A Bargain Hunter's Guide To Closed End Funds

Our newest Scoreboard spots portfolios trading at a discount

If it were a conventional mutual fund, Korean Investment Fund would have been one of 1998's top performers: Its net asset value (NAV) soared 85.3%. But anyone who owned this closed-end fund would have been disappointed. Closed-ends trade like stocks, and last year, shares in this fund rose just 11.8%.

Unlike mutual funds, where investors always buy and sell at the net asset value of the fund's holdings, closed-end funds trade on the stock exchanges, where investment sentiment and portfolio behavior sometimes part ways. A year ago, Korean Investment traded at a 33% premium over its NAV even though the portfolio had been decimated by the Asian crisis. As Korean Investment's NAV recovered in 1998, the share prices moved little, so the premium disappeared and actually turned into a discount, which is now 10.7%.

SITE SELECTIONS. But that's where the opportunity lies. Closed-end funds can be bargains, giving investors a shot at buying a portfolio at a discount to its underlying value. That's why we're bringing you the closed-end fund version of the BUSINESS WEEK Mutual Fund Scoreboard.

Our survey measures performance by net asset value and market price. We also grade these funds from "A" to "F" based on three-year NAV returns, adjusted for risk. Nine equity and 25 bond funds earned A's (table). Starting on page 96, we carry data for 120 equity funds and 70 bond funds. At www.businessweek.com, you will find those in addition to 264 more bond funds.

Overshadowed by mutual funds, some closed-ends are trying to improve their visibility. About 20% now report NAVs daily through various--but not all--stock-quote services. To get an NAV, bracket the fund's ticker symbol with X's. So while EFI will get you a market price for the Europe Fund, XEFIX gets yesterday's NAV. Closed-ends usually report NAVs only on Fridays.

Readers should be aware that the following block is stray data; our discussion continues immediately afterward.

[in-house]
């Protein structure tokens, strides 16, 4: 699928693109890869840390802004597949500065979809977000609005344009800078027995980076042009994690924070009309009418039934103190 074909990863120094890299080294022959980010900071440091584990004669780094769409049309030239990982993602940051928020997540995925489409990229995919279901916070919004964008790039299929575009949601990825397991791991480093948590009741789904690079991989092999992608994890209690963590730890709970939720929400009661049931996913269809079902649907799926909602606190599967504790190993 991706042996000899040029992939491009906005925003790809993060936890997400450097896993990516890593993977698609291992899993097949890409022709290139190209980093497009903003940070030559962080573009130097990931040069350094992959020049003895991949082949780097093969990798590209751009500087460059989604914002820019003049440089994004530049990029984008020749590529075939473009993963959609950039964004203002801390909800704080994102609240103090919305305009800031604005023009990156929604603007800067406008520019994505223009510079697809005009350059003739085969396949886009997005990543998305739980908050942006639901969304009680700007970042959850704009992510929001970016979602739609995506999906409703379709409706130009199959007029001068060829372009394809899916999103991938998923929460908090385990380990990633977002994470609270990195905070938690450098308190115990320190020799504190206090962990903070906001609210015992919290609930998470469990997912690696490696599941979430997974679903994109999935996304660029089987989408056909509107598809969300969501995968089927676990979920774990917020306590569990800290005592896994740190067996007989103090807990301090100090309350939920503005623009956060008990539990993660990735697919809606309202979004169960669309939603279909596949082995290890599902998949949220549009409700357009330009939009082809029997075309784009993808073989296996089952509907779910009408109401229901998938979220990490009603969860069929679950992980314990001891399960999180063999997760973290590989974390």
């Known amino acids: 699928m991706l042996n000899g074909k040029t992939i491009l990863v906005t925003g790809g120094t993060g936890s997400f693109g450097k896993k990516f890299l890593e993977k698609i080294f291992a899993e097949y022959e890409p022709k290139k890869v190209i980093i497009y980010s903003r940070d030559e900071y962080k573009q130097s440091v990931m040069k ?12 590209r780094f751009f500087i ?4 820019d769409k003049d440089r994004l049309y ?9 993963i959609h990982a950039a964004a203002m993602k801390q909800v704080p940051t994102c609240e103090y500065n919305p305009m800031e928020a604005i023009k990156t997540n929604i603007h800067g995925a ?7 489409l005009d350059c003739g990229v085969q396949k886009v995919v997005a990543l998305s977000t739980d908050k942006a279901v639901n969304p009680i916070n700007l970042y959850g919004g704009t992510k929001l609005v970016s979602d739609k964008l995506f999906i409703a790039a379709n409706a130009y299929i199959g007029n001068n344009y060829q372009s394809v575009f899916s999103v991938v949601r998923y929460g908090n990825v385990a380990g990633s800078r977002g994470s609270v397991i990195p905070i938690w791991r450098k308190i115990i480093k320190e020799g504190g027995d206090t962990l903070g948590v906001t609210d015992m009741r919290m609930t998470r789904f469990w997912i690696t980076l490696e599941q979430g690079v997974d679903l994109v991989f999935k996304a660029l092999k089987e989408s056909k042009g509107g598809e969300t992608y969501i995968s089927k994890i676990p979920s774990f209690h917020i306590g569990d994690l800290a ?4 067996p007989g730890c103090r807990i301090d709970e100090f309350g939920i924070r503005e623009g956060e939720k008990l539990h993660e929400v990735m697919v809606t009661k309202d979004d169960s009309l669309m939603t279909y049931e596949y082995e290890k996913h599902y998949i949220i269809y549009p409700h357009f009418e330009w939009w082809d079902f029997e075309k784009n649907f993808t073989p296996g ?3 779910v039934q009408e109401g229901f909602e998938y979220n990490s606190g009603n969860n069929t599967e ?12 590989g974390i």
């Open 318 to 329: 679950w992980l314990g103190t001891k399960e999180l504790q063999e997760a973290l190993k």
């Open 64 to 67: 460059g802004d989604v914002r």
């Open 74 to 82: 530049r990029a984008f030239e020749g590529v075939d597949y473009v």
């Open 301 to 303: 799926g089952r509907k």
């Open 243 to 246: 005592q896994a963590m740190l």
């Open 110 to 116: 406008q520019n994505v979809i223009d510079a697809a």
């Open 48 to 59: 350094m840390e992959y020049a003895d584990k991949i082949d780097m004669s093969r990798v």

Why bother with closed-ends when there are so many mutual funds? Look at A-rated Hancock Bank & Thrift Opportunity Fund, which trades at a 13% discount. Gregg Wolper, closed-end analyst at Morningstar Inc., says the fund is a clone of Hancock Regional Bank Fund B, which of course sells at NAV--and has a 2% expense ratio. The closed-end fund's expenses are 1.45%. Wolper says others with look-alike mutual funds include Gabelli Equity, Invesco Global Health Sciences, Royce Value, and just about all the municipal-bond funds.

Many closed-end bond funds, both taxable and tax-exempt, have higher yields than their conventional bond-fund brethren. That's because they can borrow to buy a larger portfolio than their assets would otherwise support. That's not risk-free--a jump in rates would hurt the NAVs of leveraged funds more than it would those of regular bond funds.

Closed-end expert Thomas J. Herzfeld says municipal bond funds are particularly attractive, because many new closed-end funds have been launched in the past month, driving down the prices of existing funds. The result, he says, "is that many muni funds have higher yields than Treasuries." Herzfeld, whose Miami-based Thomas J. Herzfeld Advisors Inc. manages the portfolios of closed-ends, says the best time to buy them is near the end of the month, when they tend to sell off. Herzfeld says prices usually rally in the first days of the next month.

DOUBLE-EDGED. If you buy these funds at a discount, you'd better be prepared to own them at a discount as well. By NAV return, top-rated General American Investors beat the Standard & Poor's 500-stock index over the past 1, 3, and 10 years. But it has not traded at or above its NAV since early 1993. Some funds, often under pressure from shareholders, take steps to narrow or eliminate the discount, the most extreme being converting to an open-end format. On Jan. 28, the directors of Scudder New Europe proposed just that. Despite a 34.9% NAV return last year, the fund traded at discounts between 13.7% and 27.3%.

Funds can change stripes in other ways. A large shareholder recently wrested control of top-rated Preferred Income Management, which invests mainly in preferred stocks, and plans to invest instead for long-term capital gains. That's why analyst Kevin McNally of Salomon Smith Barney decided to put the fund on the firm's "avoid" list. He expects the dividend to be severely cut or eliminated, leading yield-conscious shareholders to dump the fund's shares.

As with any investment, track record is only a starting point. But you can't make a smart investment without that first step, which begins with the Scoreboard on page 96.